A new climate fund has received pledges of $2.3bn, including $1bn each from Germany and France, UN chief Ban Ki-moon has said, but the figure remained far below the goal.
The Green Climate Fund aims to help poor nations worst hit by rising temperatures and disasters.
It aims to raise $10bn by the end of the year to start operations, with the total rising to $100bn annually by 2020.
Mr Ban, who spoke at a closing session of a Climate Summit called to build momentum for a global climate deal next year, said other countries had promised to add their contributions by November.
"Let us look back on today as the day we decided, as a human family, to put our house in order to make it liveable for future generations," he said.
Tim Gore, head of climate policy for aid group Oxfam, said that the UN summit had offered "only a partial and piecemeal response".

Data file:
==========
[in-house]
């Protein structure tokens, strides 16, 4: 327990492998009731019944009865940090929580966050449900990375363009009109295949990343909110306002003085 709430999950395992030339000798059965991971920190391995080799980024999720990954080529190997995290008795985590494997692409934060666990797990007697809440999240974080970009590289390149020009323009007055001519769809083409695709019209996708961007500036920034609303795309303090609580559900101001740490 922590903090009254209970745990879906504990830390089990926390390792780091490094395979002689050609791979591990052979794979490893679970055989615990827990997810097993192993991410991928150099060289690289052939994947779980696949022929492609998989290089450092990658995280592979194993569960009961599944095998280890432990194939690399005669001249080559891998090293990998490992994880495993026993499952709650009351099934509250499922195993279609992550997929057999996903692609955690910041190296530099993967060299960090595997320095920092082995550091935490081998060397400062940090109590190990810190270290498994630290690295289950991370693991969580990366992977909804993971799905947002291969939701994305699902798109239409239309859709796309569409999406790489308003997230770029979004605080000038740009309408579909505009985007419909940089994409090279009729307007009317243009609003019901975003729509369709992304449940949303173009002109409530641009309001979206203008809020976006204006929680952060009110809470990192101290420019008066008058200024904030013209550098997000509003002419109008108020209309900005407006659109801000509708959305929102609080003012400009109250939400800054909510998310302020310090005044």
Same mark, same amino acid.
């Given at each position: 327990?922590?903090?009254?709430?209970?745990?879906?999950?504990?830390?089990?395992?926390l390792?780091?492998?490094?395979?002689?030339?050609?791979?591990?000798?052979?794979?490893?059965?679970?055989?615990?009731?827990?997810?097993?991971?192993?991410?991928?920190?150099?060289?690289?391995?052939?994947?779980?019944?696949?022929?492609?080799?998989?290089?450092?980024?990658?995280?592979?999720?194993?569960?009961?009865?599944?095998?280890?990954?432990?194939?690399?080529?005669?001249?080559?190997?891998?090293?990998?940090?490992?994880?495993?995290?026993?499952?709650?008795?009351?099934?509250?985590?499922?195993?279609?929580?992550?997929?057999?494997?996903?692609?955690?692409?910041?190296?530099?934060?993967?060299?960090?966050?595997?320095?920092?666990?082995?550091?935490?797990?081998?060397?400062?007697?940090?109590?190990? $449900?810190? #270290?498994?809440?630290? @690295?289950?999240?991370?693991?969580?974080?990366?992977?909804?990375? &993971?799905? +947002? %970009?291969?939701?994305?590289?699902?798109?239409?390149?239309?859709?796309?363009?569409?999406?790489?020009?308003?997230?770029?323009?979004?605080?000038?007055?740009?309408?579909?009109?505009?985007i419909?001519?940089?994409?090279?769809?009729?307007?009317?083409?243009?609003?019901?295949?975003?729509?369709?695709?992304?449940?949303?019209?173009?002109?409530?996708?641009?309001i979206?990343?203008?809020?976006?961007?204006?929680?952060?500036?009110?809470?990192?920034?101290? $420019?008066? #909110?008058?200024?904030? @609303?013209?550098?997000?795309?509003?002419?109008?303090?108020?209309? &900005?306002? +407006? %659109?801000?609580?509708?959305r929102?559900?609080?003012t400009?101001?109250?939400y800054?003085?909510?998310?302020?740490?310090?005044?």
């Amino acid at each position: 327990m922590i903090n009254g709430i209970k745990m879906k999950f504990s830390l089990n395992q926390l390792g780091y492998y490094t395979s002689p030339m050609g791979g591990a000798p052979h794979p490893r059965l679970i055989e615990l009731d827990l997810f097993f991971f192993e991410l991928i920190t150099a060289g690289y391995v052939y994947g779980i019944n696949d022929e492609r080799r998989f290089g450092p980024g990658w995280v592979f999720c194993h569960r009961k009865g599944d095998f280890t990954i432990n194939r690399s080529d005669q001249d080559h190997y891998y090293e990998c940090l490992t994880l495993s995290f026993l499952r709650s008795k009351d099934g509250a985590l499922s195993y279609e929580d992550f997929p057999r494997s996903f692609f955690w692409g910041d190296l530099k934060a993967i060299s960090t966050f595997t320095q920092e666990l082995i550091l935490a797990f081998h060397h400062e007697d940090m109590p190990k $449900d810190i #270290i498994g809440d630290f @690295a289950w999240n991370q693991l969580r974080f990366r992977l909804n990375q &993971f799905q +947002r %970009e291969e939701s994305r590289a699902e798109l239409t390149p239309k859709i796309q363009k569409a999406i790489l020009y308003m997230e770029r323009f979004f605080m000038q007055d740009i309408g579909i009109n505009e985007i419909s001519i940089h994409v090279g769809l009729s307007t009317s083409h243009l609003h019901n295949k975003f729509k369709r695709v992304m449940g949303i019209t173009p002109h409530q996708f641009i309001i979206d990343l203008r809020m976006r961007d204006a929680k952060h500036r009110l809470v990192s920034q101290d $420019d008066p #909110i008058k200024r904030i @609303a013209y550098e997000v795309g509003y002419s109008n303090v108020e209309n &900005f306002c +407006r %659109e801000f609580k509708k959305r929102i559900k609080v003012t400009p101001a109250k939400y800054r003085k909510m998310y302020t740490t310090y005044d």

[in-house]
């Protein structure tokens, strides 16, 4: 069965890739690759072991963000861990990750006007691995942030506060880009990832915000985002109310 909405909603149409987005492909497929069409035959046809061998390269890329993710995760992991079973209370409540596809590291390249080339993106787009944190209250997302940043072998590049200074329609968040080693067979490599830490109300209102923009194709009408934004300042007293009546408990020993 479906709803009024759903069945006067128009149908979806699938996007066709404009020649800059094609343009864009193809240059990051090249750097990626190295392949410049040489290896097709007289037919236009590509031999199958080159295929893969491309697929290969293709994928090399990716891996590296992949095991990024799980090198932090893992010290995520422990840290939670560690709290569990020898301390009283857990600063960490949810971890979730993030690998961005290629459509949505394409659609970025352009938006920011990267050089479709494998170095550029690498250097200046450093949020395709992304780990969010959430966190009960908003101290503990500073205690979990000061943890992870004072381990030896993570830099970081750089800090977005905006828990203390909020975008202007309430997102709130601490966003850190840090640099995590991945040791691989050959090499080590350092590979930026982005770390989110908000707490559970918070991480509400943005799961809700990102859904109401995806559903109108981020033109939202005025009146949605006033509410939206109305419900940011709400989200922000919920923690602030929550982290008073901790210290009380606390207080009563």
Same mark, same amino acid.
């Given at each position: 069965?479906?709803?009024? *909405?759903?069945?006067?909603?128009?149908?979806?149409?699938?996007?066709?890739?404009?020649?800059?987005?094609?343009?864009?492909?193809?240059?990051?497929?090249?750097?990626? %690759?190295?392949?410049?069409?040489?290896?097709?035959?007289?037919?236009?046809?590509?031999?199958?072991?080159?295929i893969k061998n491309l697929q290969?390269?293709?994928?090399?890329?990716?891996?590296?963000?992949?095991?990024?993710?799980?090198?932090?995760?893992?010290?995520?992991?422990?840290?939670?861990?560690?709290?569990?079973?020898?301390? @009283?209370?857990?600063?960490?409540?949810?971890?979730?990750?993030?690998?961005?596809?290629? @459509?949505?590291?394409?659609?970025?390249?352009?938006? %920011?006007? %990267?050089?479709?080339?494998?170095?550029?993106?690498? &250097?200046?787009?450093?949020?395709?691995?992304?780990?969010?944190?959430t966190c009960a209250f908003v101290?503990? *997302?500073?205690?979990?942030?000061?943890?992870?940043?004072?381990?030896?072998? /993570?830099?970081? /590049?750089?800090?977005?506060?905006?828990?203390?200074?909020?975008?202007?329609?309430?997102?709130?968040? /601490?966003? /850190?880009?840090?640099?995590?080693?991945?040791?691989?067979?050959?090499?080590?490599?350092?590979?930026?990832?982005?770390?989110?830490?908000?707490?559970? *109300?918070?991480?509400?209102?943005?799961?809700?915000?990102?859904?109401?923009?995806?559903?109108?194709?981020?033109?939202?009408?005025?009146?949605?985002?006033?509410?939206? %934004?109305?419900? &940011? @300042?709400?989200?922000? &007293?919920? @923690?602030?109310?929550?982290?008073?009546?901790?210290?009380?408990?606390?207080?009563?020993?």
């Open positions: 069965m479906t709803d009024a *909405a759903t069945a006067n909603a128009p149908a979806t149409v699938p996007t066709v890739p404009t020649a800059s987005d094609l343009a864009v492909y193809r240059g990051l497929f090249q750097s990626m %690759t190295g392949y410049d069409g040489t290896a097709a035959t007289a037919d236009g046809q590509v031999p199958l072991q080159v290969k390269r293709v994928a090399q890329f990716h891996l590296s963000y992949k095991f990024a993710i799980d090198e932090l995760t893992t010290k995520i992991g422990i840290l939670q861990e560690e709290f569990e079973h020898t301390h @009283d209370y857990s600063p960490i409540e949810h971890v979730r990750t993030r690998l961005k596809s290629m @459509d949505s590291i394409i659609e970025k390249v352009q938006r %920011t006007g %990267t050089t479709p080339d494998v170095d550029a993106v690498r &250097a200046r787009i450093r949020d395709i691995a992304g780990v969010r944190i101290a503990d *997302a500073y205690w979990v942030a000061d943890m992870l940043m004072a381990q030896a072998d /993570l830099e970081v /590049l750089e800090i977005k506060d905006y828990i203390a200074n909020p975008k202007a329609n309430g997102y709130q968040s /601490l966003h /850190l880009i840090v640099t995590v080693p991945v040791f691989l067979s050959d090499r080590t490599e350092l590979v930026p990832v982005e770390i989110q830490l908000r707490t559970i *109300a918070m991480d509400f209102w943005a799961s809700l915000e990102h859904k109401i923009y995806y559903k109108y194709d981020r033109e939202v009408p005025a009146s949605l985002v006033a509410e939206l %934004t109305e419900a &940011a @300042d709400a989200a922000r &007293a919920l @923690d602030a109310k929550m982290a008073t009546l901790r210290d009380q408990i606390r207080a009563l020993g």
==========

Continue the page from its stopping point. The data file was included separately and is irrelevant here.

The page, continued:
"After four long years, the cash is starting to land in the Green Climate Fund, albeit at little more than a trickle," he said.
French President Francois Hollande pledged $1bn at the summit yesterday, matching an earlier pledge of the same amount by Germany.
Other contributions, as compiled by Oxfam, included $100m each from Switzerland and South Korea, which is the host nation of the Green Climate Fund, as well as $70m from Denmark, $33m from Norway and $10m from Mexico.
Mr Ban also highlighted commitments from the private sector.
He said that by next year, private banks would double the market for green bonds to $50bn and the insurance industry would double green investments to $82bn.